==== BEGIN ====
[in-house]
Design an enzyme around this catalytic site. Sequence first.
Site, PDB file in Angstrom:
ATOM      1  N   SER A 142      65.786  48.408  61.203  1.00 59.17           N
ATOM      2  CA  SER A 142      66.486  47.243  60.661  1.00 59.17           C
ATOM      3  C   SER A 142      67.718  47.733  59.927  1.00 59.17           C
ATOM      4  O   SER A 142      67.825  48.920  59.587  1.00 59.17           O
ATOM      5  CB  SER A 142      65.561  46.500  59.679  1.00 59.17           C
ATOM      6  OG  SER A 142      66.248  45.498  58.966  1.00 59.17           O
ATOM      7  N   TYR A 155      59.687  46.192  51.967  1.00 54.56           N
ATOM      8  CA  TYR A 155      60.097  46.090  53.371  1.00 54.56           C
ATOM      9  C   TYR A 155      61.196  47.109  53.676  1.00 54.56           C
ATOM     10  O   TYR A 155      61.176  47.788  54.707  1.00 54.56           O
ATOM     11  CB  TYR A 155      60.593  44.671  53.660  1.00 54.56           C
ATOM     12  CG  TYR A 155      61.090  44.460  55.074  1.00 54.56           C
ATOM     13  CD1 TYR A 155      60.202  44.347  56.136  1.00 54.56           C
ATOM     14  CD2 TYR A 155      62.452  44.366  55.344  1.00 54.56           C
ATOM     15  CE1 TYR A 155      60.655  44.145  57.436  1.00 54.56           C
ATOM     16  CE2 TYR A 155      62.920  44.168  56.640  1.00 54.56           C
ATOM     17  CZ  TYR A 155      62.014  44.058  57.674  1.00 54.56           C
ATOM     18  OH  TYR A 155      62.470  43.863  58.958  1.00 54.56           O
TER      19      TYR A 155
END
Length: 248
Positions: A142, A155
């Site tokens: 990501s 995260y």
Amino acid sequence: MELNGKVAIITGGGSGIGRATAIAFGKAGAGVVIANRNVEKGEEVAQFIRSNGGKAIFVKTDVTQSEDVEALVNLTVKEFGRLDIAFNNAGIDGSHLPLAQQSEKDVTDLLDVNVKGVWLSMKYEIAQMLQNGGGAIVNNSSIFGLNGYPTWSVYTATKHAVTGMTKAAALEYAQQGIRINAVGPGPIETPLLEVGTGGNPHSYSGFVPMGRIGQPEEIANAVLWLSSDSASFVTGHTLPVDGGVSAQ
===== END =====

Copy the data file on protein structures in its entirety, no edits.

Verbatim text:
[in-house]
Design an enzyme around this catalytic site. Sequence first.
Site, PDB file in Angstrom:
ATOM      1  N   SER A 142      65.786  48.408  61.203  1.00 59.17           N
ATOM      2  CA  SER A 142      66.486  47.243  60.661  1.00 59.17           C
ATOM      3  C   SER A 142      67.718  47.733  59.927  1.00 59.17           C
ATOM      4  O   SER A 142      67.825  48.920  59.587  1.00 59.17           O
ATOM      5  CB  SER A 142      65.561  46.500  59.679  1.00 59.17           C
ATOM      6  OG  SER A 142      66.248  45.498  58.966  1.00 59.17           O
ATOM      7  N   TYR A 155      59.687  46.192  51.967  1.00 54.56           N
ATOM      8  CA  TYR A 155      60.097  46.090  53.371  1.00 54.56           C
ATOM      9  C   TYR A 155      61.196  47.109  53.676  1.00 54.56           C
ATOM     10  O   TYR A 155      61.176  47.788  54.707  1.00 54.56           O
ATOM     11  CB  TYR A 155      60.593  44.671  53.660  1.00 54.56           C
ATOM     12  CG  TYR A 155      61.090  44.460  55.074  1.00 54.56           C
ATOM     13  CD1 TYR A 155      60.202  44.347  56.136  1.00 54.56           C
ATOM     14  CD2 TYR A 155      62.452  44.366  55.344  1.00 54.56           C
ATOM     15  CE1 TYR A 155      60.655  44.145  57.436  1.00 54.56           C
ATOM     16  CE2 TYR A 155      62.920  44.168  56.640  1.00 54.56           C
ATOM     17  CZ  TYR A 155      62.014  44.058  57.674  1.00 54.56           C
ATOM     18  OH  TYR A 155      62.470  43.863  58.958  1.00 54.56           O
TER      19      TYR A 155
END
Length: 248
Positions: A142, A155
């Site tokens: 990501s 995260y």
Amino acid sequence: MELNGKVAIITGGGSGIGRATAIAFGKAGAGVVIANRNVEKGEEVAQFIRSNGGKAIFVKTDVTQSEDVEALVNLTVKEFGRLDIAFNNAGIDGSHLPLAQQSEKDVTDLLDVNVKGVWLSMKYEIAQMLQNGGGAIVNNSSIFGLNGYPTWSVYTATKHAVTGMTKAAALEYAQQGIRINAVGPGPIETPLLEVGTGGNPHSYSGFVPMGRIGQPEEIANAVLWLSSDSASFVTGHTLPVDGGVSAQ